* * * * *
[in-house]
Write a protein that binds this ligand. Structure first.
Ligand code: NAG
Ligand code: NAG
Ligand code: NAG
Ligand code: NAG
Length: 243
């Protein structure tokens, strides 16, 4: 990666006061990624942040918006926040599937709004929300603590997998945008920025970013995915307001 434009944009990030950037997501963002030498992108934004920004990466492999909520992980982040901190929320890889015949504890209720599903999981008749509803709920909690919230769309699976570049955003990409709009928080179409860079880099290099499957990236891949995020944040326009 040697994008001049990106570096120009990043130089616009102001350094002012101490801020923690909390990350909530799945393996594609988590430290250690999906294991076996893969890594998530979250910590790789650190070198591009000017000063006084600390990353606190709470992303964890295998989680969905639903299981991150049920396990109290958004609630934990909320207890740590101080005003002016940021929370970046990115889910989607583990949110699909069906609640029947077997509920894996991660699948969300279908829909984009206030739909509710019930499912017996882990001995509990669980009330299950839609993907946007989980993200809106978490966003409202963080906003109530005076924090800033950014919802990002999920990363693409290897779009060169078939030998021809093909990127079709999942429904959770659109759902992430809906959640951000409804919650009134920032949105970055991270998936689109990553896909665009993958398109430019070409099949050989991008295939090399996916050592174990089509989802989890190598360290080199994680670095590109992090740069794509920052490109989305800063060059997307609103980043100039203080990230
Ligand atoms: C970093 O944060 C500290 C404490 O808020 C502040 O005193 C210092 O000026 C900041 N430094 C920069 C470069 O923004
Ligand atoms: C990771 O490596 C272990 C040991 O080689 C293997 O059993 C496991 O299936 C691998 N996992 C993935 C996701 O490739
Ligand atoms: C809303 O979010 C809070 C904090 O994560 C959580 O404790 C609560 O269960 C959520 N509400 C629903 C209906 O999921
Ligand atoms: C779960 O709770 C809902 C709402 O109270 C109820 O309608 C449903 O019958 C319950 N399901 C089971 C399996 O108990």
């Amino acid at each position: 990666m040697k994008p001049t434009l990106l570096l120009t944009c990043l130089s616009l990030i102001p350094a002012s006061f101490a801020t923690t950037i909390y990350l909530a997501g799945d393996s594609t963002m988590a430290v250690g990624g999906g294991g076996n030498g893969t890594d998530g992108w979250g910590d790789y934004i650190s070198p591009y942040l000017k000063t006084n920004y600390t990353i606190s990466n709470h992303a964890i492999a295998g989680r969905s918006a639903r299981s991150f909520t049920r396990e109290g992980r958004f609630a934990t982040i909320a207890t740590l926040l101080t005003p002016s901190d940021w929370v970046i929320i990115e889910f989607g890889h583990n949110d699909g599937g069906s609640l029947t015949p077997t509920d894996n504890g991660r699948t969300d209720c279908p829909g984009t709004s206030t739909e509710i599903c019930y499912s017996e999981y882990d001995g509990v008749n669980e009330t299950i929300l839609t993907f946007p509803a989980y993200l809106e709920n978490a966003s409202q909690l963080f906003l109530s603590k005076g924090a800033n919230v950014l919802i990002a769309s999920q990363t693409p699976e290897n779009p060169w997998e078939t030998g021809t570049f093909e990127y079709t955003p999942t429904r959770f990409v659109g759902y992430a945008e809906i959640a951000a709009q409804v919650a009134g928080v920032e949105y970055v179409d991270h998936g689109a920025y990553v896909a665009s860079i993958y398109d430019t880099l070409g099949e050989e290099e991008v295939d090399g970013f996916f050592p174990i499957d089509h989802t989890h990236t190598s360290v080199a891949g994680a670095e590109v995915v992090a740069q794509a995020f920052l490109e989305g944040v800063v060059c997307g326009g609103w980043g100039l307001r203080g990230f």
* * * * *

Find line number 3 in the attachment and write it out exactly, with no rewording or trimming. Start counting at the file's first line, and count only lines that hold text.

Ligand code: NAG